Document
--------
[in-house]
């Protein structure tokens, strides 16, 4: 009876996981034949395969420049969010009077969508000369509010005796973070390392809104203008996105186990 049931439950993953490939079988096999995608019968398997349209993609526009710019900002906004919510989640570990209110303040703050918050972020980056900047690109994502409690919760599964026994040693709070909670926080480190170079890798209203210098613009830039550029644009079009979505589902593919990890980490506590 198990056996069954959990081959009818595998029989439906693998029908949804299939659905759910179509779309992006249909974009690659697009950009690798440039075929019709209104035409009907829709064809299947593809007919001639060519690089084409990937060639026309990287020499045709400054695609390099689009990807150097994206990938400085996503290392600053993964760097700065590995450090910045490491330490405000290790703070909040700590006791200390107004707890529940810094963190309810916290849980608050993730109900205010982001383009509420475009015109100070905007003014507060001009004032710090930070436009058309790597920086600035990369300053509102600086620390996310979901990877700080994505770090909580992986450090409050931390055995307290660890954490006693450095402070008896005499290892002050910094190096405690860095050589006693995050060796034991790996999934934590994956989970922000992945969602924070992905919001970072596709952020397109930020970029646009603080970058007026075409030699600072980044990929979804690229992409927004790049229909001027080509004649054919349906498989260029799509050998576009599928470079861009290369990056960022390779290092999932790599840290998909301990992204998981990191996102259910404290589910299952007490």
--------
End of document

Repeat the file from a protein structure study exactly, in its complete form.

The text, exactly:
[in-house]
């Protein structure tokens, strides 16, 4: 009876996981034949395969420049969010009077969508000369509010005796973070390392809104203008996105186990 049931439950993953490939079988096999995608019968398997349209993609526009710019900002906004919510989640570990209110303040703050918050972020980056900047690109994502409690919760599964026994040693709070909670926080480190170079890798209203210098613009830039550029644009079009979505589902593919990890980490506590 198990056996069954959990081959009818595998029989439906693998029908949804299939659905759910179509779309992006249909974009690659697009950009690798440039075929019709209104035409009907829709064809299947593809007919001639060519690089084409990937060639026309990287020499045709400054695609390099689009990807150097994206990938400085996503290392600053993964760097700065590995450090910045490491330490405000290790703070909040700590006791200390107004707890529940810094963190309810916290849980608050993730109900205010982001383009509420475009015109100070905007003014507060001009004032710090930070436009058309790597920086600035990369300053509102600086620390996310979901990877700080994505770090909580992986450090409050931390055995307290660890954490006693450095402070008896005499290892002050910094190096405690860095050589006693995050060796034991790996999934934590994956989970922000992945969602924070992905919001970072596709952020397109930020970029646009603080970058007026075409030699600072980044990929979804690229992409927004790049229909001027080509004649054919349906498989260029799509050998576009599928470079861009290369990056960022390779290092999932790599840290998909301990992204998981990191996102259910404290589910299952007490």